JOHN ASHCROFT, ATTORNEY GENERAL: If suspects are found not to have links to terrorism, or they have not violated the law, they are released.

CABELL: But the government refuses to say how many of the 1,000 detained have been released, nor will it disclose where they are being held. It is believed several hundred have been brought to the Metropolitan Correction Center in New York, just a few blocks from ground zero.

Brian Cabell, CNN, Atlanta.

(END VIDEOTAPE)

ZAHN: All right, we've got more breaking news to share with you now. We know that Reuters News Agency and Associated Press is reporting that Afghan opposition leader Abdul Haq was killed.

Let's turn to Rebecca MacKinnon, who joins us from Peshawar, Pakistan with a conflicting account.

What are you being told, Rebecca?

REBECCA MACKINNON, CNN CORRESPONDENT: Well, here in Peshawar, I just spoke to a family member of Abdul Haq. His nephew, who also acts as his secretary, who said that he felt fairly confident that Abdul Haq is still alive, that he is in captivity and has not been killed, despite this fact that the Taliban has been claiming that he was executed. So at this point, exactly what the reality is, I think, is not entirely clear. I think one should keep in mind that there have been Taliban claims made in the past, that U.S. service people had been killed when the U.S. insisted that no such situation had occurred.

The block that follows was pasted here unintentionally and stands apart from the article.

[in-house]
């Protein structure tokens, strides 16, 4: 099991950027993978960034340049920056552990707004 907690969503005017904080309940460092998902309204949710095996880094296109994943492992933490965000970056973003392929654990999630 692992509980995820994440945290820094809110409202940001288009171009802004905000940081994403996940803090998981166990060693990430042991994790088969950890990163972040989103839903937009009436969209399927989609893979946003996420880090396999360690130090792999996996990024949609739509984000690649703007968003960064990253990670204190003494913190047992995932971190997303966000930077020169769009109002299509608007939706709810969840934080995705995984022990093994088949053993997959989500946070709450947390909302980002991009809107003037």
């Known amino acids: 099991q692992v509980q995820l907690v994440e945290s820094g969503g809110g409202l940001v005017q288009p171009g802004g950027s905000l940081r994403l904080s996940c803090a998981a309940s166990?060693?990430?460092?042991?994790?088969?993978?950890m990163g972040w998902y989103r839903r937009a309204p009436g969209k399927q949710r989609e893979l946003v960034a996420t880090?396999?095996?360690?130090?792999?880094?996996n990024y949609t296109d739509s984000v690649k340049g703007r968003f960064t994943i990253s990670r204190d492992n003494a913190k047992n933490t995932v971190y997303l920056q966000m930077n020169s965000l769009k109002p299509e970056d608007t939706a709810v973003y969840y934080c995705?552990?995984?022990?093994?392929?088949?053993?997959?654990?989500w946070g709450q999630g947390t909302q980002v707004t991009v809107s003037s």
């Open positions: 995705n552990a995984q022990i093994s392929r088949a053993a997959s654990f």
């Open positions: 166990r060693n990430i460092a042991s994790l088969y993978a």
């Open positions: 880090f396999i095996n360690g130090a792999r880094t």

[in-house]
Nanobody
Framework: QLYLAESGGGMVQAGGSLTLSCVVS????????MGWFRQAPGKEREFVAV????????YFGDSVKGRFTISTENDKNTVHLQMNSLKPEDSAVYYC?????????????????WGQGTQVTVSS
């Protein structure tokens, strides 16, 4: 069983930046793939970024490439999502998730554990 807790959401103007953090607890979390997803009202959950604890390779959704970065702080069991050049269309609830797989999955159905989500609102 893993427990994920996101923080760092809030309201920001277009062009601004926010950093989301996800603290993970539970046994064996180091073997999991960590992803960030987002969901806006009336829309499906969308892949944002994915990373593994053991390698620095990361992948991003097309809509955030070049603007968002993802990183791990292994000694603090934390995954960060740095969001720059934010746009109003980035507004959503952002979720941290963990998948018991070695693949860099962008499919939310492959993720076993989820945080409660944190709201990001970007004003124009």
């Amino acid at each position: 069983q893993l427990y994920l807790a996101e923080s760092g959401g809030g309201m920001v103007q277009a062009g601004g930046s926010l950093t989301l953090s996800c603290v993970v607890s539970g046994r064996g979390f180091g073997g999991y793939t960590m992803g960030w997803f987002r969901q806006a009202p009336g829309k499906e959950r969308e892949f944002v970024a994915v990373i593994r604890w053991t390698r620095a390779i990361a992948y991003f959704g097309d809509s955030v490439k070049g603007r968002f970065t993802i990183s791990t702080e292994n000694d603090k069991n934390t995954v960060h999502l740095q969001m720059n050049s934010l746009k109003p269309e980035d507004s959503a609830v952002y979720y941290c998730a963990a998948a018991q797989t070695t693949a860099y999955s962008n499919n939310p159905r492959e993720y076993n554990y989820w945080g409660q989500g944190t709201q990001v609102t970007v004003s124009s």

So right now, we have news from one source from the Taliban. There has been no other source confirming this, at the moment, and his family still not aware and not believing that it's true.

ZAHN: Rebecca, how important is Abdul Haq to the Northern Alliance?

MACKINNON: Well, Abdul Haq is not a member of the Northern Alliance. Abdul Haq is a member of another sort of alliance, of opposition, anti-Taliban opposition who are here on the eastern side of Afghanistan. It is important to remember that the opposition to the Taliban is not only in the Northern Alliance. There is a large coalition here in Pakistan in the border areas, of exiled commanders, who have ties inside Afghanistan, people who do want to see regime change inside Afghanistan.